Both before you picked up Objectivism, and then when you left it?

  • by Hal_Porter (817932) on Wednesday October 28, 2009 @02:56AM (#29893877)

    I know several IT companies that will only hire Gitmo alumni as managers. Or at least that's the best explanation I can think of.

  • How did it come to this?

    We let them take away our over voltage cattle prods. Plain and simple.

  • by Stupid Crunt (1627025) on Wednesday October 28, 2009 @06:14AM (#29894669)
    It's hard work. I spent two weeks working on a sheep farm. 12 hour days, very physical work. Not to mention living in a state of constant sexual exhaustion.
  • by DoofusOfDeath (636671) on Wednesday October 28, 2009 @07:50AM (#29895271)

    Off Topic but... "I'm an ex-Navy guy. My military career field was journalism and public affairs. When I got out of the service I went directly into IT."
    This is also me - 9.5 years Navy Journalist (NMC and AFRTS - Diego Garcia, Adak,AK, Naval Base Seattle Public Affairs, Gitmo) and now 10 years network engineer.... Small world isn't it. :)

    Maybe you're the same guy! Have you checked?

  • by swb311 (1165753) on Wednesday October 28, 2009 @08:59AM (#29895795)
    Halliburton
  • by lastchance_000 (847415) on Wednesday October 28, 2009 @09:00AM (#29895805)

    When my ship pulled into Hawaii, I spent my liberty installing Slackware on my personal laptop.

    You must be great fun at parties.

  • by intheshelter (906917) on Wednesday October 28, 2009 @09:17AM (#29896011)
    Sexual exhaustion? . . . . Were you pitching or catching?
  • by bigman2003 (671309) on Wednesday October 28, 2009 @10:10AM (#29896755) Homepage

    Not quite the same, but...

    I work for part of a University that has a name that sounds like a telemarketing firm.

    Frequently, one of my high level clients will call me in a panic and leave a message. I call back, but 50% of the time I get screened by a receptionist who just assumes I am trying to sell something.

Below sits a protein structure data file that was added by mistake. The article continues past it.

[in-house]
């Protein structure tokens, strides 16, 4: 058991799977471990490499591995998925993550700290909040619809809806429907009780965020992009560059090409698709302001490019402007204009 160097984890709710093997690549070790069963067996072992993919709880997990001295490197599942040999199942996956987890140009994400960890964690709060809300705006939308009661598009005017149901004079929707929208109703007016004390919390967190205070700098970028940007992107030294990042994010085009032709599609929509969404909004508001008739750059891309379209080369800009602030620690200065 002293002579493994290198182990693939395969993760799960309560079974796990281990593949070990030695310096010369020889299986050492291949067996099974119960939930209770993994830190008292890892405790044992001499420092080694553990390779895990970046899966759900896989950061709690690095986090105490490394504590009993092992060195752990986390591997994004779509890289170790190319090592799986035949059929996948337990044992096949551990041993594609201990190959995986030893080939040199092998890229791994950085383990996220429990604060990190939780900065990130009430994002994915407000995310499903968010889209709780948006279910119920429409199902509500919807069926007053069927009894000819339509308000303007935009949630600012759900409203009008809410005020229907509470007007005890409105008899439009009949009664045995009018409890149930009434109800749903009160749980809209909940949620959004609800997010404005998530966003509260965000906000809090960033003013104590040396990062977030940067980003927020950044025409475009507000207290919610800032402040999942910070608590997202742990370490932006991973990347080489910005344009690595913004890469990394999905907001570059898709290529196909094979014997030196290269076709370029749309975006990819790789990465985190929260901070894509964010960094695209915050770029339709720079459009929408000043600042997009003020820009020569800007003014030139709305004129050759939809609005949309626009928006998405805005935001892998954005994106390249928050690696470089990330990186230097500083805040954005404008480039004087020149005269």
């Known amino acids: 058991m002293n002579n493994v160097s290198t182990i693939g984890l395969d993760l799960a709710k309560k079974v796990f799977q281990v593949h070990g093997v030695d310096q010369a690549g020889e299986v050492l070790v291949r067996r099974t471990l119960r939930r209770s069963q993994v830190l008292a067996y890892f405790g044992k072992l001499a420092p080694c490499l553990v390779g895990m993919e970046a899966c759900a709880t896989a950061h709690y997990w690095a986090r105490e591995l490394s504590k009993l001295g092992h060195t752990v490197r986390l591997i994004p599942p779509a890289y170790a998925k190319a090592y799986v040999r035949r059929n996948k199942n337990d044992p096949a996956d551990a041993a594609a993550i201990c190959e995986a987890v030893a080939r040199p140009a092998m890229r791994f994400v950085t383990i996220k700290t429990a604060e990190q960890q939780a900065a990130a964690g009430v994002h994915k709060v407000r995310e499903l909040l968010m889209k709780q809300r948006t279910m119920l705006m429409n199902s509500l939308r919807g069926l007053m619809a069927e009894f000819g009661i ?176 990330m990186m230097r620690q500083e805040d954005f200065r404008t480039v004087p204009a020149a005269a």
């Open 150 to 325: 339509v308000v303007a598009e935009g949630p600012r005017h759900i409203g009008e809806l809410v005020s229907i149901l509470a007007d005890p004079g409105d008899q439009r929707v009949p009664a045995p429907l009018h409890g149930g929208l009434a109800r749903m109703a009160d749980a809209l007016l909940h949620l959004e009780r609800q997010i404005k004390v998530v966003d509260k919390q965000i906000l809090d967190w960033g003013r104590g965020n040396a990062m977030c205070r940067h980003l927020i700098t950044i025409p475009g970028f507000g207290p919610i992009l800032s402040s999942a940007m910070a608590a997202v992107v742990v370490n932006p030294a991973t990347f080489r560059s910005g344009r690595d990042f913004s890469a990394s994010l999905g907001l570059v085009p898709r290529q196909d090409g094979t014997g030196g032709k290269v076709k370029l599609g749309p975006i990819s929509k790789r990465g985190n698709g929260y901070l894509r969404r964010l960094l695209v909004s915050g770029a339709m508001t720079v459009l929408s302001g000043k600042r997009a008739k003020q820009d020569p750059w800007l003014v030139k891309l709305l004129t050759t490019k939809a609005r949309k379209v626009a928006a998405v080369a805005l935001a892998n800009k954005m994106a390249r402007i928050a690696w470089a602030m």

If the client is a jerk, I don't even bother to explain. I'll wait until they call back and then tell them I got screened.

    This happened to one client 5 or 6 times. Finally I explained to the secretary who I was, so the call would go through. The secretary said, "Oh, I know who you are...but she gave me a list of words to use to screen calls with. And your unit has two of those words in the name. Besides, it's fun to watch her get mad when she doesn't get the call."

    I don't blame the secretary at all. But then again, you could only get away with that in the public sector.

  • by painandgreed (692585) on Wednesday October 28, 2009 @12:37PM (#29898899)

    Maybe you're the same guy! Have you checked?

    Doubtful. Journalists stopped most of their fact checking decades ago.

  • by Anonymous Coward on Wednesday October 28, 2009 @02:13PM (#29900333)

    I work for a large engineering firm, and at least 75% of our employees are engineers of one kind or another. Sure there are some dim bulbs in the bunch, even amongst the engineers, but for the most part we're talking about people who are very tech-savvy, and security-conscious. The nature of our work (especially those of us who are software engineers) REQUIRES us to have admin access to our own computers. Ever tried to do any serious software development on a machine you don't have admin access to? It sucks.